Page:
Isn’t All Photography Borne From False Camera Gods?

On Visual Science Lab, Kirk Tuck enjoys his Olympus MFT cameras so much he sometimes waxes lyrically, ‘they’re good enough for commercial work’.  When a client is writing the check, however, he dutifully brings full-frame Nikons, like the D810, D600 and lately the D750.  I’d like to argue that if he really believed MFT was good enough he’d use them on shoots (and sell the Nikons).   However, I know full well that most clients would be uncomfortable watching their professional photographer taking photos with glorified point-and-shoots (I jest!).  And I know full well Kirk knows more about cameras than I do.

Although MFT cameras produce noisier images than full-frames, and optically can’t produce the same shallow depth-of-field, the quality is good enough for most commercial work where good lighting is a given.   The question is, why use a camera, where you’re handicapped if you don’t have good lighting, or need a super shallow-depth-of-field?  The conversation ultimately pivots to those who believe it’s better to focus on the creative process, with a small camera, then slave over large, heavy cameras just to reach certain technical specifications, which are often over-kill.

One difference between Kirk and I, is that he’s a commercial photographer looking for artistic fulfillment and I’m a hobbyist looking for professional legitimacy.

When I take a photograph, I’m looking for the best quality behind my image.  The quality is important to me because I’m the client, so to speak, and technical differences are definable.    If I didn’t have a goal I’d become paralyzed in indecision, starting with where do I point the camera?  So I decide full-frame is better, that I have to shoot with a certain lens, use particular post-processing software.  IF, I knew how to make a beautiful image with ANY camera, I’d do it.  But I don’t.  I need some way to get the confidence (I’d even say inspiration) to get that beautiful image.

GAS (gear acquisition syndrome) is the gist of my photography mill.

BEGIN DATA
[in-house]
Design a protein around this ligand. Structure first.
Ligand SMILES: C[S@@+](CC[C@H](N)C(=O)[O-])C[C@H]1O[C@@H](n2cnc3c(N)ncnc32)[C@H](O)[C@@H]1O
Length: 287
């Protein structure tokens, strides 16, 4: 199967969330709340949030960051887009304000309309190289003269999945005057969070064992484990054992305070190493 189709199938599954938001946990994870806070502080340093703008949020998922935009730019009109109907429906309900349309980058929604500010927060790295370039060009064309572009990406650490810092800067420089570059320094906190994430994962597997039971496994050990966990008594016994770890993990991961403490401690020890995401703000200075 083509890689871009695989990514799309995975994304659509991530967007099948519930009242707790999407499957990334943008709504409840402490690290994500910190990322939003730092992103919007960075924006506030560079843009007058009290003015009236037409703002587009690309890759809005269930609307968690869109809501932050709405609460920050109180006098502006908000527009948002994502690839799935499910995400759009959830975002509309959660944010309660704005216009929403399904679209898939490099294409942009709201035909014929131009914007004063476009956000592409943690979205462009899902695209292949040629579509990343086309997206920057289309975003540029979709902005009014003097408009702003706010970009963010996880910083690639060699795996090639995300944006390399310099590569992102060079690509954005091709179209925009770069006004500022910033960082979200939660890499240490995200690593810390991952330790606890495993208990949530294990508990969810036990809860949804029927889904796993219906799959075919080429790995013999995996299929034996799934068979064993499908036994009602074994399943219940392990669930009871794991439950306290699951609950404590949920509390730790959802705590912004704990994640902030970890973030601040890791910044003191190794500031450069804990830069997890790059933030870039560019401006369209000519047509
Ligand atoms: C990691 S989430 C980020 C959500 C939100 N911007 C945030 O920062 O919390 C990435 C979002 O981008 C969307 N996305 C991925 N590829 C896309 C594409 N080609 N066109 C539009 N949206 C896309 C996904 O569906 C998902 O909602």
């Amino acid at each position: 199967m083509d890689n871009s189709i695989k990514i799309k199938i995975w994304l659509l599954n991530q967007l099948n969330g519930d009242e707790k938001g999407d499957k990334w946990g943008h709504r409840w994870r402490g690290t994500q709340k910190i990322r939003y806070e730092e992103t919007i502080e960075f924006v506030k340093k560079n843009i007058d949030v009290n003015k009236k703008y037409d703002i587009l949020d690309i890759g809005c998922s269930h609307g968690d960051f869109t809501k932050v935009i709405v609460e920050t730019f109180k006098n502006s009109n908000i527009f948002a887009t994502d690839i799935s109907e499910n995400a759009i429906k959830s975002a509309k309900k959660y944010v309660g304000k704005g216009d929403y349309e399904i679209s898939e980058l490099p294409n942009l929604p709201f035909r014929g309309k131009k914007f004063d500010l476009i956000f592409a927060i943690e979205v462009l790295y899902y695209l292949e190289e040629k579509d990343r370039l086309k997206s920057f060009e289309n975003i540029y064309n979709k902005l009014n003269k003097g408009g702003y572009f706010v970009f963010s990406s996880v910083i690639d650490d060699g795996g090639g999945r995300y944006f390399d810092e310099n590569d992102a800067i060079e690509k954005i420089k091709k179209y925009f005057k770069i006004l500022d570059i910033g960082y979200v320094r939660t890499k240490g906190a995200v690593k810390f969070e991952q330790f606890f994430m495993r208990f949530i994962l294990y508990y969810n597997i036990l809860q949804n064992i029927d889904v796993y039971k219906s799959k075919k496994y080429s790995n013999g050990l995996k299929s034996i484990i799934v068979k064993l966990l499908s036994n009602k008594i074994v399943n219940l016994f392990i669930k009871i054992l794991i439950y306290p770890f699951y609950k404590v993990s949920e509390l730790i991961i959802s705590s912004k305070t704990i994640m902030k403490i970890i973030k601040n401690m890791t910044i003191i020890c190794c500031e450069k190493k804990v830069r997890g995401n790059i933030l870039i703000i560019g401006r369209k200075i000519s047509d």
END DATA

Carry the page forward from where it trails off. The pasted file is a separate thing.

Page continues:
Kirk must work backwards from a client’s specific needs.  He’s not trying to get the best artistic shot from a million possibilities, he must get the best image from from a narrow, commercial requirement.

When people write on blogs about all the arcane, number of angels on the head of a pin, technical benefits, and limitations, of this or that equipment, they can easily be parodied as those who hide behind technology instead of doing real photography that sells.  Is that fair?  Isn’t every artistic process born in a process, that in itself, has nothing to do with Art?  What would it mean to say, I have no commercial requirements, and don’t care what camera you hand me, I can produce good Art?  If we know what good photography is, can’t we make any camera to do it?  Why are there so many different kinds of cameras and lenses?

When a commercial photographer like Kirk Tuck leaves his professional Nikons at home, and uses, for lack of a better word, consumer cameras, isn’t he setting himself a technical challenge too?  The challenge is to take as good a photo with the consumer camera as he could with the professional camera.  The question is, does that prove, or deliver, better art?  The viewer doesn’t see, or care, what camera is used (full-frame or MFT).  The challenge is in the photographer’s head.  When Kirk, or anyone, goes from a full-frame Nikon say, to a MFT camera, they are not ignoring the technical issues of cameras, they are only reversing the challenge they have set themselves.